|Dates: ||1821 - ?|
|Active: ||Great Britain|
It is likely that Goodeve first came into contact with photography during his stint as a mathematical lecturer and tutor at King’s College, London, for the lively interest of Professor Charles Wheatstone and others at King’s would have been inescapable. In the 1852 exhibition of the Society of Arts, Goodeve showed some portraits done on collodion but also views of statuary, landscapes, and the interior of the Great Exhibition of 1851, all done on albumenized paper (this was apparently the negative process, an unusual choice but not an impossible one). He appears to have left for France after this, marrying in Dieppe in 1873, and returning to London by 1876. Goodeve became a prolific author, issuing books on mechanisms, steam engines, and especially patent laws.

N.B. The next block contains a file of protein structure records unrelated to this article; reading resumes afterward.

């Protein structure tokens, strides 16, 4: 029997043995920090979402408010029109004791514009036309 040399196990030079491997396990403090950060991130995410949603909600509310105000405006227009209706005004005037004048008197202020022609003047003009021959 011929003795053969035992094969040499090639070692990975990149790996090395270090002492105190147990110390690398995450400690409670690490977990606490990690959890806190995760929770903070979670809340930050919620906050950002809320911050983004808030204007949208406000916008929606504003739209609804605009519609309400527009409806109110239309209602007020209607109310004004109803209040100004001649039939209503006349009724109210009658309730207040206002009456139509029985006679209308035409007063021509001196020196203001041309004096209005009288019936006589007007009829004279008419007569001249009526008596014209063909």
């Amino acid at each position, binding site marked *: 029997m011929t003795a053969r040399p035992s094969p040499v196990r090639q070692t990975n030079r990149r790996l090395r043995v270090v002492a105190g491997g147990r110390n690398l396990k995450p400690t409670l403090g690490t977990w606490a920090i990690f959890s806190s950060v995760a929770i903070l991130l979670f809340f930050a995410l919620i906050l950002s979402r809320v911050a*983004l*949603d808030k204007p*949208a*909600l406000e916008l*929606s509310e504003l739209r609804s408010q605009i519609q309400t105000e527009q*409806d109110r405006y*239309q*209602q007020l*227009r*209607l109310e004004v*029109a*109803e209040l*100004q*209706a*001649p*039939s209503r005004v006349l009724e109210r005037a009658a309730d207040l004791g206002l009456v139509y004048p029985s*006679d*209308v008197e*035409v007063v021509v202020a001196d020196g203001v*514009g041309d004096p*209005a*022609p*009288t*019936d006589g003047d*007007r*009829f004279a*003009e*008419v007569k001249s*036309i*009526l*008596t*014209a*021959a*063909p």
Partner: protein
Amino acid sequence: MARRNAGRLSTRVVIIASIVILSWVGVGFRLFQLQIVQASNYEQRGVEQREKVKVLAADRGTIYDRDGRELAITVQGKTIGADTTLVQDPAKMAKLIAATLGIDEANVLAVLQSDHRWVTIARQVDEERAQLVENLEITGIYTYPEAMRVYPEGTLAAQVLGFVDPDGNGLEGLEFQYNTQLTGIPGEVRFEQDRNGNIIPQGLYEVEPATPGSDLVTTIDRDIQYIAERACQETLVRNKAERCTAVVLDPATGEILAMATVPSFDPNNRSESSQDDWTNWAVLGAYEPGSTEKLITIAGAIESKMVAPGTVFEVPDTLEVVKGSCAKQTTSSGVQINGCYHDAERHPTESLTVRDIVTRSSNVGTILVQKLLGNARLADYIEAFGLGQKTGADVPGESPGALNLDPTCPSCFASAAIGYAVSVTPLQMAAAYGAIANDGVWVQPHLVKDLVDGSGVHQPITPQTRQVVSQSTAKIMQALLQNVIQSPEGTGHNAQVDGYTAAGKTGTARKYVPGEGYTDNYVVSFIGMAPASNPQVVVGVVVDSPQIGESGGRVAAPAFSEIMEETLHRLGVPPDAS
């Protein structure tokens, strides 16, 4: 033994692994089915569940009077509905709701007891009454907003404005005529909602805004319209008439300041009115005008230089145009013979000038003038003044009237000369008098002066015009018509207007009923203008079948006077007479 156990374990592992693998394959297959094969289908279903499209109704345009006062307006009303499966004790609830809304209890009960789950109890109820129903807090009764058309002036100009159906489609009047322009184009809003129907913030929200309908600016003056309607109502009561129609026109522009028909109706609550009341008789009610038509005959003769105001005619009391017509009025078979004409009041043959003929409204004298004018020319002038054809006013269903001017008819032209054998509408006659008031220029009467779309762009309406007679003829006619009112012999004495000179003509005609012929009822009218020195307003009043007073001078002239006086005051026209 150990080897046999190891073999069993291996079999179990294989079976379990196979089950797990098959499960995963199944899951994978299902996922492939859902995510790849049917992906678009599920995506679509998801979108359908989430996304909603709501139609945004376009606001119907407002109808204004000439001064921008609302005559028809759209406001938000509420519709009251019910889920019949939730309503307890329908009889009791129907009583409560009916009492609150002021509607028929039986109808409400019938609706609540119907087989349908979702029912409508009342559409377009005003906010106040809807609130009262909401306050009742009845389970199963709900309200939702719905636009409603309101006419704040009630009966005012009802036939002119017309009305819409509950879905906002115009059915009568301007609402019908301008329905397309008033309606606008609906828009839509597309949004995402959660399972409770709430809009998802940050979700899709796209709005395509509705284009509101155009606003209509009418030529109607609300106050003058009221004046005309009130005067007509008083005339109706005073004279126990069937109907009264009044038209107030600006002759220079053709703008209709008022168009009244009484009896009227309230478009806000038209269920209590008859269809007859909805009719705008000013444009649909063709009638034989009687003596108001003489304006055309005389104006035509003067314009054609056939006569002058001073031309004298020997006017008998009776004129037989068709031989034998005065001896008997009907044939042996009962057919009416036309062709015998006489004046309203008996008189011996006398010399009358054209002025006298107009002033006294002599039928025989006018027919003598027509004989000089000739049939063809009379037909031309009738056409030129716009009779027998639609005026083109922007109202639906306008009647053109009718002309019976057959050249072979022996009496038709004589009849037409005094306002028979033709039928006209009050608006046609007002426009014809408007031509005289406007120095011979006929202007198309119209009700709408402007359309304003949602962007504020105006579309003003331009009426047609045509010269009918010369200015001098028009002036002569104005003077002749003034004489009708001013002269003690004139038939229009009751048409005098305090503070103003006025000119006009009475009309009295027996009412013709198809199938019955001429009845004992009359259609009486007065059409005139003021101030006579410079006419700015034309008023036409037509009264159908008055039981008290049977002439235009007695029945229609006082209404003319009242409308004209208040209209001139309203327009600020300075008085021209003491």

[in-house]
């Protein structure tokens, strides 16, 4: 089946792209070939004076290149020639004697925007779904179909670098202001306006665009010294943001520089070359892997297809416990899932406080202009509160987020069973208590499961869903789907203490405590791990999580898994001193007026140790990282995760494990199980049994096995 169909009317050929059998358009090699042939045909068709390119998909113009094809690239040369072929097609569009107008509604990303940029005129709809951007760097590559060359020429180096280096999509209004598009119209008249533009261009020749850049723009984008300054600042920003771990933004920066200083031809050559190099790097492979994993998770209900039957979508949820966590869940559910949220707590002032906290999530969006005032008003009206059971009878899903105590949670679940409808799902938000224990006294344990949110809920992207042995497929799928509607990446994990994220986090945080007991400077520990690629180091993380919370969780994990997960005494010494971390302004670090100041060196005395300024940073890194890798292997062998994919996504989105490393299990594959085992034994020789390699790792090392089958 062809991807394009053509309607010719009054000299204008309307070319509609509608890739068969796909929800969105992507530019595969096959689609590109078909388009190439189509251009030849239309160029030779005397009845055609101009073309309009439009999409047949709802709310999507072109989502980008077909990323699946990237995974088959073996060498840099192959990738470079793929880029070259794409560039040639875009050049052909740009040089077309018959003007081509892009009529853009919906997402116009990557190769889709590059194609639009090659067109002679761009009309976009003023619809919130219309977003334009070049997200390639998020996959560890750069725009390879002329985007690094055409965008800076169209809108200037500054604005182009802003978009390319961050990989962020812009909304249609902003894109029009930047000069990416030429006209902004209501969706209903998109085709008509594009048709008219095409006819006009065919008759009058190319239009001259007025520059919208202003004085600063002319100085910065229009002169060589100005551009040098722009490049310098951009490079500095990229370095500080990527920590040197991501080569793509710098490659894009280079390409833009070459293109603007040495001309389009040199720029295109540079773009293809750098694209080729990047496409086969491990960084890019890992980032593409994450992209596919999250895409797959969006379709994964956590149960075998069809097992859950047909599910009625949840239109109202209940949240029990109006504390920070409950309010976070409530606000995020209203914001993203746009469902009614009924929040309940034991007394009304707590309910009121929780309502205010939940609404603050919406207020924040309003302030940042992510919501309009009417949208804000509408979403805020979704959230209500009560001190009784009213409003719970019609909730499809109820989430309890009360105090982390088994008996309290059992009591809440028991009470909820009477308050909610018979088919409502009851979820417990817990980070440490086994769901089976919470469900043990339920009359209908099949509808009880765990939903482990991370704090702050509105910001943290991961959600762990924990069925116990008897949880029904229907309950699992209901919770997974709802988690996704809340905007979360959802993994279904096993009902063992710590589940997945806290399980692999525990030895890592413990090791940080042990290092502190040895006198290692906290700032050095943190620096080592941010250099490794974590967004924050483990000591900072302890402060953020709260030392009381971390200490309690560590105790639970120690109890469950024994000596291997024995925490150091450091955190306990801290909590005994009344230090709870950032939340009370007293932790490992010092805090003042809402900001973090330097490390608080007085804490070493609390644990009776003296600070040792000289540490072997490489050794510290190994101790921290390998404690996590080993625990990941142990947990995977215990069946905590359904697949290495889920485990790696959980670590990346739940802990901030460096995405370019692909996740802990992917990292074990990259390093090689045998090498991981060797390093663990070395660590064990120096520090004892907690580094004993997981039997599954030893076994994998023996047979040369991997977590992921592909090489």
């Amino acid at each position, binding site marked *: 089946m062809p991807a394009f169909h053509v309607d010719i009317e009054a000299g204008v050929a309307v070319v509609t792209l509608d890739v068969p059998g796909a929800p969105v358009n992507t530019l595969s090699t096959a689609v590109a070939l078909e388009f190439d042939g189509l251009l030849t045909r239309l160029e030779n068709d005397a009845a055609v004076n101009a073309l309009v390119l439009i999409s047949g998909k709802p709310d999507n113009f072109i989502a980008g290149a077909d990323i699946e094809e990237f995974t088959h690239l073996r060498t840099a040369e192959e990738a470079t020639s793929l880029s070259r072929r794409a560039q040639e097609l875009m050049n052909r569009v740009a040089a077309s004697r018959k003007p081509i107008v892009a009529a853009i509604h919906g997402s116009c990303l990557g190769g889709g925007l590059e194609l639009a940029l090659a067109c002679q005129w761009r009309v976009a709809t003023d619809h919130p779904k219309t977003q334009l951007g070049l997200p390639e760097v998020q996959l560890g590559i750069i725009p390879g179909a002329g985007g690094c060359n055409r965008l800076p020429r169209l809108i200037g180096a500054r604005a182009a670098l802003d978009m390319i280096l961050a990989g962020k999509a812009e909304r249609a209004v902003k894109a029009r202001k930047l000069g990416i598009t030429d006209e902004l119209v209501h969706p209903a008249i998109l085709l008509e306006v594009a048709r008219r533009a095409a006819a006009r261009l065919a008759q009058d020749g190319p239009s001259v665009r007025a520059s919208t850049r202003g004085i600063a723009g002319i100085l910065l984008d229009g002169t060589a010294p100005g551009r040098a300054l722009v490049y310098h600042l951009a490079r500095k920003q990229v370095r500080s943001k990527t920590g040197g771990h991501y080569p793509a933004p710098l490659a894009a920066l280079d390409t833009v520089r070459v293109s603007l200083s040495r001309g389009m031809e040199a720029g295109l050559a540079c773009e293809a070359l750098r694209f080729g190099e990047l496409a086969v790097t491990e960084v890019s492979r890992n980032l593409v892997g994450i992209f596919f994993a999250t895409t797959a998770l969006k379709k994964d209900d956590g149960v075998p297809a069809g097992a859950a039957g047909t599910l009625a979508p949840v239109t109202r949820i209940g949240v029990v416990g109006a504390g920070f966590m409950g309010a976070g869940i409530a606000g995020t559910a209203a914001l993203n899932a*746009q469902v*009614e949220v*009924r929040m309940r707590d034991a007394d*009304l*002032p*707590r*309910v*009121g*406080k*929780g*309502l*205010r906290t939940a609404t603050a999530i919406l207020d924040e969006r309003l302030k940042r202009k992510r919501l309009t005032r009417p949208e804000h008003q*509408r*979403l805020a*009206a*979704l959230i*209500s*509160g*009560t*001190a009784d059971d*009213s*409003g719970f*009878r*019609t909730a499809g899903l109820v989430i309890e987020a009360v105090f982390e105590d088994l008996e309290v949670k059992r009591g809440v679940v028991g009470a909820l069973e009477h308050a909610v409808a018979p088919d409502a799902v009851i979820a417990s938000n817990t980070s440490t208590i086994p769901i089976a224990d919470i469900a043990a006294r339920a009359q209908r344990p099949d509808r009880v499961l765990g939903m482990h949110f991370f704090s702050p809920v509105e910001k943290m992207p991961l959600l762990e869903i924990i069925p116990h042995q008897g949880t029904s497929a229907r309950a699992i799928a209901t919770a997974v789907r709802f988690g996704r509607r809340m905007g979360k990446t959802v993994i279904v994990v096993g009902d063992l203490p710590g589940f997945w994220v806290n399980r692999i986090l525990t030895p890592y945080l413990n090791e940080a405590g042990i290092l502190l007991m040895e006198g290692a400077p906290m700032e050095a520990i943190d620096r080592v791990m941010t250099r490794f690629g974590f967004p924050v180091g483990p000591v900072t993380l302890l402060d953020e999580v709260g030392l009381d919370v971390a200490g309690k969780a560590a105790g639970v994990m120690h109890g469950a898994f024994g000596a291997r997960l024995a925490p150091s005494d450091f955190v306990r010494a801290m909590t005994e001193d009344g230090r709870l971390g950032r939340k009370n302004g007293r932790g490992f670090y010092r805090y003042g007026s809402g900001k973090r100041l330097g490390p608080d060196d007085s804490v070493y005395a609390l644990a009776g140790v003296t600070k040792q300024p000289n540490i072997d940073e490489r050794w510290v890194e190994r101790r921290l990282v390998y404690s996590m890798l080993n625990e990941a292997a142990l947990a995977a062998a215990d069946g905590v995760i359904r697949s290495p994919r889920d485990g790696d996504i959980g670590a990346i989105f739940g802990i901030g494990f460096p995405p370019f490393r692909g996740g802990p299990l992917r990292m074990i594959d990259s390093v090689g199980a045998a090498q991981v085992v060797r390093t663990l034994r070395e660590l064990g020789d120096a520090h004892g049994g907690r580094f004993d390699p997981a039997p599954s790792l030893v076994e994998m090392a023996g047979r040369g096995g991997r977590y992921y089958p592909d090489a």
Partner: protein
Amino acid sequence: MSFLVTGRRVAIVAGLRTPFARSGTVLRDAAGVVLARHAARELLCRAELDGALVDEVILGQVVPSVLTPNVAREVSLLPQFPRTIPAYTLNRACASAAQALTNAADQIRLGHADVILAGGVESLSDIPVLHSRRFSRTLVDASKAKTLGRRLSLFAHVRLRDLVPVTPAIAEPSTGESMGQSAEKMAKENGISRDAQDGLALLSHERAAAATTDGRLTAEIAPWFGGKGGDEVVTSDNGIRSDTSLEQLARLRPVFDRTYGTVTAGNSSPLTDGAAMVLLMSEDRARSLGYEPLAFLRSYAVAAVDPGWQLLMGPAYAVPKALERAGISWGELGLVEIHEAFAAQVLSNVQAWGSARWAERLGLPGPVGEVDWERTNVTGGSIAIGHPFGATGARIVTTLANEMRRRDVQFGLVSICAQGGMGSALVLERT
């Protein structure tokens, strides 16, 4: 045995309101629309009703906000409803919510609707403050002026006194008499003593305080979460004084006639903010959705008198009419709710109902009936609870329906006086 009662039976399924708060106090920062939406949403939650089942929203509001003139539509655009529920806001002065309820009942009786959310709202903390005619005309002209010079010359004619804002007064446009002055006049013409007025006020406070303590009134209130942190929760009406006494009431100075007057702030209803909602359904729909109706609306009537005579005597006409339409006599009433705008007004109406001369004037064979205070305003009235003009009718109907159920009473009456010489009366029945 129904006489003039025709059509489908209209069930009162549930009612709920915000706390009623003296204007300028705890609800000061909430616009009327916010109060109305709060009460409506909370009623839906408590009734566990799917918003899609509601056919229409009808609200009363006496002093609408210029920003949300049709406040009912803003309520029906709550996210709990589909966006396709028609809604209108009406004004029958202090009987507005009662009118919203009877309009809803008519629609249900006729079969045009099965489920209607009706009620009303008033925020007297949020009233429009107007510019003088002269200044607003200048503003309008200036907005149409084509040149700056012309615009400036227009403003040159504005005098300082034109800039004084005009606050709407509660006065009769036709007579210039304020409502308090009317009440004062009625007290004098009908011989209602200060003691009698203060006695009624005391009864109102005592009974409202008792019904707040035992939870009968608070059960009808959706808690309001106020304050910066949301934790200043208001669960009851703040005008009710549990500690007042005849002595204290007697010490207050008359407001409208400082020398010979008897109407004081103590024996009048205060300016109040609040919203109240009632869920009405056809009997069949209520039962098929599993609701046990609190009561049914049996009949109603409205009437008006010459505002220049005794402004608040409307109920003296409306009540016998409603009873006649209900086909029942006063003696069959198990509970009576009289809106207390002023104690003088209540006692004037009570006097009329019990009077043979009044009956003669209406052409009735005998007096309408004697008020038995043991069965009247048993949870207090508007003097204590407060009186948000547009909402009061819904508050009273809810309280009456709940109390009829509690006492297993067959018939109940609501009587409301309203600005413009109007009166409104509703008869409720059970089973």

Roger Taylor & Larry J. Schaaf Impressed by Light: British Photographs from Paper Negatives, 1840-1860 (Metropolitan Museum of Art, New York, 2007)
This biography is courtesy and copyright of the Metropolitan Museum of Art and is included here with permission.
Date last updated: 4 Nov 2012.
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